This is my second career too. I went to nursing school when I was 32 and got an ADN. I’ve applied into a BSN program for next year. I would like to go to grad school later on too. I have a friend who’s mom went to med school at age 50, so it’s never too late to find a new career!

  16. Lisa Asbell, RN Says:

    I am 42 and have been a nurse since I was 30. However, I now want to get a MSN in Midwifery… Who knows? Why not. Live your dream! This is America. The GREATEST country in the WORLD! You can do anything you put your mind too!

  17. Judie Says:

    It’s nice to see that I’m not the only older person going back to school. Leaving a full-time job to go back to school was un-nerving. Now that I’ve made it through the first quarter (with a B) has given me much more confidence. I waited until my son was old enough to take care of himself so that I can devote the time for studies. One thing that I noticed as an older student is the lack of peer pressure. My priorities and sacrifices are much different than the younger students. And yes, they do admire my confidence and relaxed attitude towards patients and doctors. The wisdom helps to handle the stress. By the way, I’m 45.

  18. olga Says:

    Thanks for all the comments, I’m 52 and considering finishing up a nursing degree!
    Better late than never!

  19. Peggy Says:

    I am 51 and into my 3rd semester of prereq’s for a BSN program. I have a previous degree but was never satisfied with the jobs I was offered. I wanted to do more. I know what you all mean by having the experience of life that makes us better communicators with patients. And at my age, I’m comfortable in my own life enough that I don’t sweat the small stuff. Like someone said…the skills can be learned. The attitude and comfort zone is acquired with time.

  20. Laura Says:

    Ditto, it’s never too late! I am 52 and a junior in a BSN program. Prior to my nursing program, I practiced law for 24 years. Always wanted a career in health care and nursing, with its holistic approach was a natural fit for me. I learn from my instructors and from my younger student colleagues. Age is what you make it: don’t let anyone ever tell you that you are too old (it’s illegal, btw..)

  21. Lynn Wages Says:

    I am so here, i’m waiting to start an RN program- i’ll be 51 when(if) i get in next year. The pre-req classes have been great, A & P after 30 years out of college and i kicked it! I think our years of life experience are invaluable, like a previous post said, skills can be taught, the rest comes with age.

  22. Brent Says:

    I am a paramedic now. I was an RN with a crit care cert first.

    I like nursing now as a second job/career with the maturity I have now and the insight I so sorely see lacking. more importantly those that seem to give me the respect I so often missed when perceived as younger.

  23. Brent Says:

    Oh and I’m 40!

  24. Jo Connolly Says:

    I became an LPN at age 40 and promised myself that if I did return to school I wanted to finish before I turned 60! Well, in April I will be 59 and granduate from my RN program. It hasn’t always been an easy road but well worth the trip.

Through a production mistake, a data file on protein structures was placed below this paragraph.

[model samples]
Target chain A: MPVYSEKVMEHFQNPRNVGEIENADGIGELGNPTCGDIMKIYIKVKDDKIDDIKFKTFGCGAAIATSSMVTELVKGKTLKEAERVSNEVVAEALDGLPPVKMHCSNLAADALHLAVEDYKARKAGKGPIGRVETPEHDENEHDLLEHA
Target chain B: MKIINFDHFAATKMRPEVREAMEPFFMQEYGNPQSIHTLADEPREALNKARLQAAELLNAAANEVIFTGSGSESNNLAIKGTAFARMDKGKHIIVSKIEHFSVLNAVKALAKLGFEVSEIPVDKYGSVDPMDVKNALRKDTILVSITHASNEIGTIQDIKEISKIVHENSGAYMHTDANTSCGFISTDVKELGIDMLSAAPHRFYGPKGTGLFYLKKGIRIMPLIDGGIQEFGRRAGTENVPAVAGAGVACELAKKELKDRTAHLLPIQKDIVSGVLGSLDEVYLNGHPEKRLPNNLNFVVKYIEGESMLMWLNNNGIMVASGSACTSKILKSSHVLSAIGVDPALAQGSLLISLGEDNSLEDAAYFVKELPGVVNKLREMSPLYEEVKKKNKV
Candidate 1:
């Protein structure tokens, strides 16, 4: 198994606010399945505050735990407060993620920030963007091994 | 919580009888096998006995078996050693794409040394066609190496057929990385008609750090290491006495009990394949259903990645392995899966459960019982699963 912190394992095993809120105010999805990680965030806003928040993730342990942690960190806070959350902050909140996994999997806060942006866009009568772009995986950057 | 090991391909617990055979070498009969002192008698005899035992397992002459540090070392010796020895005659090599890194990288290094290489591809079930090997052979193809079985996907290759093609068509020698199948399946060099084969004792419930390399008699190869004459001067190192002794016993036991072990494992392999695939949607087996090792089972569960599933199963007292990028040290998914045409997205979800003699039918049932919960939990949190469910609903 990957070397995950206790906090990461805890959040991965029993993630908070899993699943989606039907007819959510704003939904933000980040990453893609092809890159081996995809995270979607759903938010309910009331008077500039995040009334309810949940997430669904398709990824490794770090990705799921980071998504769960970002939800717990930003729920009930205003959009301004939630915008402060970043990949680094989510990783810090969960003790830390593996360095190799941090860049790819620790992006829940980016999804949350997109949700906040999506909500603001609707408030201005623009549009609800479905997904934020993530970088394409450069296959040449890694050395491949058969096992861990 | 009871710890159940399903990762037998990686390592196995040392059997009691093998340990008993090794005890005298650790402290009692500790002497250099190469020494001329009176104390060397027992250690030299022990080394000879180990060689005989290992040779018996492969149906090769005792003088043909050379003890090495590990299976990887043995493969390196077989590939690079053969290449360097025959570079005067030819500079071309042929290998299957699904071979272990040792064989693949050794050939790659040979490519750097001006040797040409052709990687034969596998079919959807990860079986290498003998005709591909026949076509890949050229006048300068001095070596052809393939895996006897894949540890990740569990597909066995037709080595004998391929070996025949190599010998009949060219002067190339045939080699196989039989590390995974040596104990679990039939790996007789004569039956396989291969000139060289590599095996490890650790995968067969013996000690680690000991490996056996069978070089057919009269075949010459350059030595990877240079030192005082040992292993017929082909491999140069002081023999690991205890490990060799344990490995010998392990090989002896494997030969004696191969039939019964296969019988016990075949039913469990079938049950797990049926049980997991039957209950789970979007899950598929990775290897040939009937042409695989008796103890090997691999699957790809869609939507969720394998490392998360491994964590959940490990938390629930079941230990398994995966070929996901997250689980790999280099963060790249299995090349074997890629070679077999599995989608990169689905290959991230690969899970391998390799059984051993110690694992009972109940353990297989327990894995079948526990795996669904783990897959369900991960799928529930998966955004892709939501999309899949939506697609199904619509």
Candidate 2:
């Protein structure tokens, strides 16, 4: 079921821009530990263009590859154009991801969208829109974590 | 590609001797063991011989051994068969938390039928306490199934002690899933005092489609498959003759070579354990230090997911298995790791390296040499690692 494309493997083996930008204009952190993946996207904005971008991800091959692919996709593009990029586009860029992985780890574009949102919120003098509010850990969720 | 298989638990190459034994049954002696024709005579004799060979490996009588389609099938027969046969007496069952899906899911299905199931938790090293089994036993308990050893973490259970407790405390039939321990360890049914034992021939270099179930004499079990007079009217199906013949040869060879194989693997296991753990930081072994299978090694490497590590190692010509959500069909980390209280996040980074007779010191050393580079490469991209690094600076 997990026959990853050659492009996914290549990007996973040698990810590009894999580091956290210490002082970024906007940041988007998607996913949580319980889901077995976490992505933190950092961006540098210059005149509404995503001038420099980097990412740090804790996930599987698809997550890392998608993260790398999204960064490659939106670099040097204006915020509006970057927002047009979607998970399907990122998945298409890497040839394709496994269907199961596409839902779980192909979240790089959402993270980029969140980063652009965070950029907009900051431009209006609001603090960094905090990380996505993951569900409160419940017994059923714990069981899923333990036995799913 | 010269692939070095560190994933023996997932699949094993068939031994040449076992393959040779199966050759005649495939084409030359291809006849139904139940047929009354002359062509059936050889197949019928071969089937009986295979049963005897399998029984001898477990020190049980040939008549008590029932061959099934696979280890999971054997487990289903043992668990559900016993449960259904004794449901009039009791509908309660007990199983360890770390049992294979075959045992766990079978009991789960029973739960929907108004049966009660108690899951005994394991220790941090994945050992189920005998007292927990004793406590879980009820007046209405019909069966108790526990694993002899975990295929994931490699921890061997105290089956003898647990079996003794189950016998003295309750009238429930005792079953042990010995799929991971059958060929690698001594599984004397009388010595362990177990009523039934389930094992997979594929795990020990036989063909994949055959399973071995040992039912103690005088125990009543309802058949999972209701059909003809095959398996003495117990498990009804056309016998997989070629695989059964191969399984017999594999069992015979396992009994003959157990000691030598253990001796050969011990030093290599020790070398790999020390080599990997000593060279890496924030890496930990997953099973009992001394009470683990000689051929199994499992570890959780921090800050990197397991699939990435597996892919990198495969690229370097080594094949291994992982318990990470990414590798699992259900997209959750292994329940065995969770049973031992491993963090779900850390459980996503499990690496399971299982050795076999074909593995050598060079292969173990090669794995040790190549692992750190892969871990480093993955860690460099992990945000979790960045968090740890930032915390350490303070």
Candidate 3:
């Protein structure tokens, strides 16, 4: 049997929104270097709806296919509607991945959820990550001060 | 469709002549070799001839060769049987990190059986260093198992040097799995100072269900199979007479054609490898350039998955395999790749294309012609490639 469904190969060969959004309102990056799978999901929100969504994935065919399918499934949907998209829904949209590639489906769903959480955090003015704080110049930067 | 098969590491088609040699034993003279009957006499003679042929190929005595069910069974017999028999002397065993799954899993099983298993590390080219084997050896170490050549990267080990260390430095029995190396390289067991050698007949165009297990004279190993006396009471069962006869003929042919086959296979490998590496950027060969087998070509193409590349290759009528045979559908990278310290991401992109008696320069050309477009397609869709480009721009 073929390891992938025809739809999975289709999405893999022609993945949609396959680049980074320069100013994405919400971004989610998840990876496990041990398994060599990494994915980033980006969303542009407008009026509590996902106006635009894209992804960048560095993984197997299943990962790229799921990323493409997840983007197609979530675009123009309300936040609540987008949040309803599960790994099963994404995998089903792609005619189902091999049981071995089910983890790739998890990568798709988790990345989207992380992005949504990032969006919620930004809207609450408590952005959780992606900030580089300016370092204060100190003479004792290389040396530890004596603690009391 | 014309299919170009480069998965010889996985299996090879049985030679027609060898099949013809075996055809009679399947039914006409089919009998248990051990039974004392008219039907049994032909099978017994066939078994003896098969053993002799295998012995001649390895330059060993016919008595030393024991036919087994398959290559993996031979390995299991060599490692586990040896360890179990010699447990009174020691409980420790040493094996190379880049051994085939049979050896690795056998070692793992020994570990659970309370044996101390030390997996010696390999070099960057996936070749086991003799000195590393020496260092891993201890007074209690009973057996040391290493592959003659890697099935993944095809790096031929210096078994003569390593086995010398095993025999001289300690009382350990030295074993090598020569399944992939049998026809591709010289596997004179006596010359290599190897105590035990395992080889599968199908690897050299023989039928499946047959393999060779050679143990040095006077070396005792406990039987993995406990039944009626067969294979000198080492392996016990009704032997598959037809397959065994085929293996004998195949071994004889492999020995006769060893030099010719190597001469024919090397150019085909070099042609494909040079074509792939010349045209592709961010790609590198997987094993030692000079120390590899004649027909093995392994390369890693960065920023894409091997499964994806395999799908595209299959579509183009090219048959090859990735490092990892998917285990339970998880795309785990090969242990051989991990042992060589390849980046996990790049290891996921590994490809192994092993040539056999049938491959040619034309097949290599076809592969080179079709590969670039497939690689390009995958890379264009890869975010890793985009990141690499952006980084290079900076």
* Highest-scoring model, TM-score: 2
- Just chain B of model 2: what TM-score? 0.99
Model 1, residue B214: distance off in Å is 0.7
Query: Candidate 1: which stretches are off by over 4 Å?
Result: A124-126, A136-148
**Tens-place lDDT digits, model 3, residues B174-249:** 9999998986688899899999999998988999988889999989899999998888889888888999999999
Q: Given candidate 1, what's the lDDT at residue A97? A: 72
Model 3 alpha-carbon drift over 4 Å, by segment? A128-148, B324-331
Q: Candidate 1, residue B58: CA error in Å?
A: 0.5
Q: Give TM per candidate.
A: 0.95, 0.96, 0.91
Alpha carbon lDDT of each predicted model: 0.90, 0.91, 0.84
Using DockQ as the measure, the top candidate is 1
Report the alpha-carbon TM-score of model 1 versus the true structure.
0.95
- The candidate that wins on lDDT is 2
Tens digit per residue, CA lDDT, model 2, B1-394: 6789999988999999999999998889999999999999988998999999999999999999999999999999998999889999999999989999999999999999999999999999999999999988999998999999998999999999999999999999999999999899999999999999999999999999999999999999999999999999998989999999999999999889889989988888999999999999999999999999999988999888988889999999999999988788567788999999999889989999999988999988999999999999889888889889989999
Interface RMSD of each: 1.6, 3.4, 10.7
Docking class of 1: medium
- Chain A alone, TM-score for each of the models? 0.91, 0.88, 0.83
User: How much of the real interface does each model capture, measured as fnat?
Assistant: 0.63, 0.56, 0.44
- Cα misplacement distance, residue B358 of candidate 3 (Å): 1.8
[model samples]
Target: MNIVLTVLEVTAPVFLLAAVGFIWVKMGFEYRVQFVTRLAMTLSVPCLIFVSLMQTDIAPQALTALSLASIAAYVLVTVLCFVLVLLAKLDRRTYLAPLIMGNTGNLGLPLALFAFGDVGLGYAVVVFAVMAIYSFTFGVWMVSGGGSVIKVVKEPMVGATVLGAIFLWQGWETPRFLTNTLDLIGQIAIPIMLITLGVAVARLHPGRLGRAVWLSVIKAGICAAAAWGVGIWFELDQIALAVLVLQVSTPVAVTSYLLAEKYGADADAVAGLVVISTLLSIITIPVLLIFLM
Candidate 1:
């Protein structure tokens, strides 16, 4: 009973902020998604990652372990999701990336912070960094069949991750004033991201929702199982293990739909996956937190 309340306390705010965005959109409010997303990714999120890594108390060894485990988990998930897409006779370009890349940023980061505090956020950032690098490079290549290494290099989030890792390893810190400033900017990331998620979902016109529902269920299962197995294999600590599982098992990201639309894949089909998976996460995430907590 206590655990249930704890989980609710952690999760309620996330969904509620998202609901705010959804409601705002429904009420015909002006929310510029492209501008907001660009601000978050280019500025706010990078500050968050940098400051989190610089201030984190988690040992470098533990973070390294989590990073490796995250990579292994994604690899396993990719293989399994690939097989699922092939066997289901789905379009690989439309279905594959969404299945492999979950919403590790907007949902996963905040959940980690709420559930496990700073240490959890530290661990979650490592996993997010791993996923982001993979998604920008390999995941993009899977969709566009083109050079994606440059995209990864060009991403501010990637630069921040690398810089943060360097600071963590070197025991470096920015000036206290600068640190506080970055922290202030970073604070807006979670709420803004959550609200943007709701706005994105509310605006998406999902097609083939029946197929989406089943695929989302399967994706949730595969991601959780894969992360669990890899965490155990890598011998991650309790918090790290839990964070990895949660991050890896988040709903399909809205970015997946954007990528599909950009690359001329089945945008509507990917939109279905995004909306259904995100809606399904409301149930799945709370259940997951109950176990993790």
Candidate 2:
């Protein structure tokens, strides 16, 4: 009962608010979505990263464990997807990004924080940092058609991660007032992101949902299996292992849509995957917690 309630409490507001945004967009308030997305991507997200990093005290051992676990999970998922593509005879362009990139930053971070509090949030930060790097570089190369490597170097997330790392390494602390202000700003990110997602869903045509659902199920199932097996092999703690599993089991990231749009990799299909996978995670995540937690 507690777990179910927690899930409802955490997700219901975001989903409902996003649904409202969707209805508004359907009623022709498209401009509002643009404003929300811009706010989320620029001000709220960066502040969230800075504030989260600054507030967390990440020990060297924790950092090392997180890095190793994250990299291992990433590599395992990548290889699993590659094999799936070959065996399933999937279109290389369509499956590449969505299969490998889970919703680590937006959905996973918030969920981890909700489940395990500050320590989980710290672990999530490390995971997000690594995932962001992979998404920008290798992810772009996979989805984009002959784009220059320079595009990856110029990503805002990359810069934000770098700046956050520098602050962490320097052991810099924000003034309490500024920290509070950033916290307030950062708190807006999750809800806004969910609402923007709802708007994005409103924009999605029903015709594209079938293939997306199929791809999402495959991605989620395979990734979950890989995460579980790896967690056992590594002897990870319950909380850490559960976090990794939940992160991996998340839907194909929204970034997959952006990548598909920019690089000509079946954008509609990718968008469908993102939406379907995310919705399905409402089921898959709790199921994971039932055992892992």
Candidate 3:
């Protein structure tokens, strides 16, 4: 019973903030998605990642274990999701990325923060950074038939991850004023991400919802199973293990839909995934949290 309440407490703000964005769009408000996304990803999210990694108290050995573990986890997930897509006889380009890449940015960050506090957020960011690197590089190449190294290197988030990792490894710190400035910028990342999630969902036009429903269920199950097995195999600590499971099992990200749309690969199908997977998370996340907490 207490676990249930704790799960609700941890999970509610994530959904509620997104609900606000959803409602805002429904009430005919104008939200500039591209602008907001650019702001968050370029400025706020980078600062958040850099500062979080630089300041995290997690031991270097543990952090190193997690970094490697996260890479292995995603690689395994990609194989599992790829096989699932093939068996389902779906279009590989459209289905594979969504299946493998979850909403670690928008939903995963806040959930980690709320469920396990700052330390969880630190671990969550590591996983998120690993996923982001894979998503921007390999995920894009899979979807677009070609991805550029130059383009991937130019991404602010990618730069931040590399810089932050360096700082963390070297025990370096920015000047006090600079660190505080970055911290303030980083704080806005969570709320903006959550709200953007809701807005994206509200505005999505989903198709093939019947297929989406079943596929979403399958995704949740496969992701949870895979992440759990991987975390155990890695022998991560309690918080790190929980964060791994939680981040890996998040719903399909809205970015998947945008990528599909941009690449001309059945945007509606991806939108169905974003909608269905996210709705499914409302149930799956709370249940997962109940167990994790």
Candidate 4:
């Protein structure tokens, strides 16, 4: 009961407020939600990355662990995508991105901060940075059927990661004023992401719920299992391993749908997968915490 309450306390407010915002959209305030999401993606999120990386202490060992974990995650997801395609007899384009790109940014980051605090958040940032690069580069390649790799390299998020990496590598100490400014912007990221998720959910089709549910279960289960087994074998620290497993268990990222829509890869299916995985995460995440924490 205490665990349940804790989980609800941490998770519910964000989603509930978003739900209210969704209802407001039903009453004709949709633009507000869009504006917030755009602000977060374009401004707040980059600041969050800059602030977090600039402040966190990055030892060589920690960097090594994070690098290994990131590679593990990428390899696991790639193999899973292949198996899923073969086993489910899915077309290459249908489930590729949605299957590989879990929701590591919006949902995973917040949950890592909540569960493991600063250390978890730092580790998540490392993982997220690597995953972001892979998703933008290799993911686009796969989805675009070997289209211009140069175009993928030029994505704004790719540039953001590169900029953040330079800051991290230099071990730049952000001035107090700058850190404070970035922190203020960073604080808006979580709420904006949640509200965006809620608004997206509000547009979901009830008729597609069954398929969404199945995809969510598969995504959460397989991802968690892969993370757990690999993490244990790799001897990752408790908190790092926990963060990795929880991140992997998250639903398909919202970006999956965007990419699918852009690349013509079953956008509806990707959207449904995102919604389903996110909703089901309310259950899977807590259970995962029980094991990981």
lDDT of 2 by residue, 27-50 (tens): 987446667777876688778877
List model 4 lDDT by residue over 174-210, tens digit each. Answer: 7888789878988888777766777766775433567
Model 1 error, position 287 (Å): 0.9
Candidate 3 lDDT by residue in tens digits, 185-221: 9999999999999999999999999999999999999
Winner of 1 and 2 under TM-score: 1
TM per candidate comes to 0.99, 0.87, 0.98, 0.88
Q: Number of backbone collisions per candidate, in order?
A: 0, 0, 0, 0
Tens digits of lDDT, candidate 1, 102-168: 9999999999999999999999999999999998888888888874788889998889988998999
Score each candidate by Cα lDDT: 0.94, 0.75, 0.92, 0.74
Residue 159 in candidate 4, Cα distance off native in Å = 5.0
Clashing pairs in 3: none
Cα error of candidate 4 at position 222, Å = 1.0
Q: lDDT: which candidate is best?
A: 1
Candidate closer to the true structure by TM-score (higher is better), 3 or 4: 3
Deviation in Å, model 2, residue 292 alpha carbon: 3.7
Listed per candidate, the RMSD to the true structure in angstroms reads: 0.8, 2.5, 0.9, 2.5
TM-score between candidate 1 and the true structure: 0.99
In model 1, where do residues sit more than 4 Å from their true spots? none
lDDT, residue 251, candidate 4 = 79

25. Shelly Says:

    I just turned 32 and I was really afraid to go back to school, but seeing all of these posts makes me feel like I still have time to do it. I am going to school now to become a Paramedic and am planning on eventually transitioning over to an RN. Thank you all so much for your posts encouragement!

  26. Anne Says:

    I am 48 and just finished my RN and will be starting a nursing job next month. I want to do hospice nursing eventually. I can’t imagine doing that in my twenties. I think the physical part of nursing is harder, but the critical thinking part of nursing is easier at my age because of life experiences. A big round of applause for all of us out there who dare to care even with gray in our hair!!!!

  27. Mary Says:

    I am 35 and after years of working in the hospitality industry as a Bar Manager, I have decided to do the Bachelor of Nursing. I have some pre health study courses to do first, to be eligible. I am nervous about going back to study at my age but the previous comments have all been helpful in putting my mind at ease. I didn’t like the thought of being stuck in a class full of 18 year olds, but now realise that age can be an asset. I need a challenge so am going for it!!! Yay me!!!!

  28. MarineToRN Says:

    I was 47 when I graduated Nursing school. It was tough getting the brain kickstarted after a 25 year hiatus from school, but I know it’s one of the smartest things I’ve done. I couldn’t imagine doing anything else at this point in my life. It was a heck of a transition going from the Marine Corps into Nursing. I’m still a little rough around the edges, but my fellow Nurses accept me for who I am (or, if truth be known, they just put up with me because I bring a lot of upper body strength to the show :) ) but I swear I love what I’m doing and I hope it shows. One of the greatest things I’ve brought with me from my first career is the ability to work long hard hours for days on end. Lord knows that’s one thing the two careers have in common. I encourage everyone (including my three sons) to consider Nursing as a career. You just can’t beat it.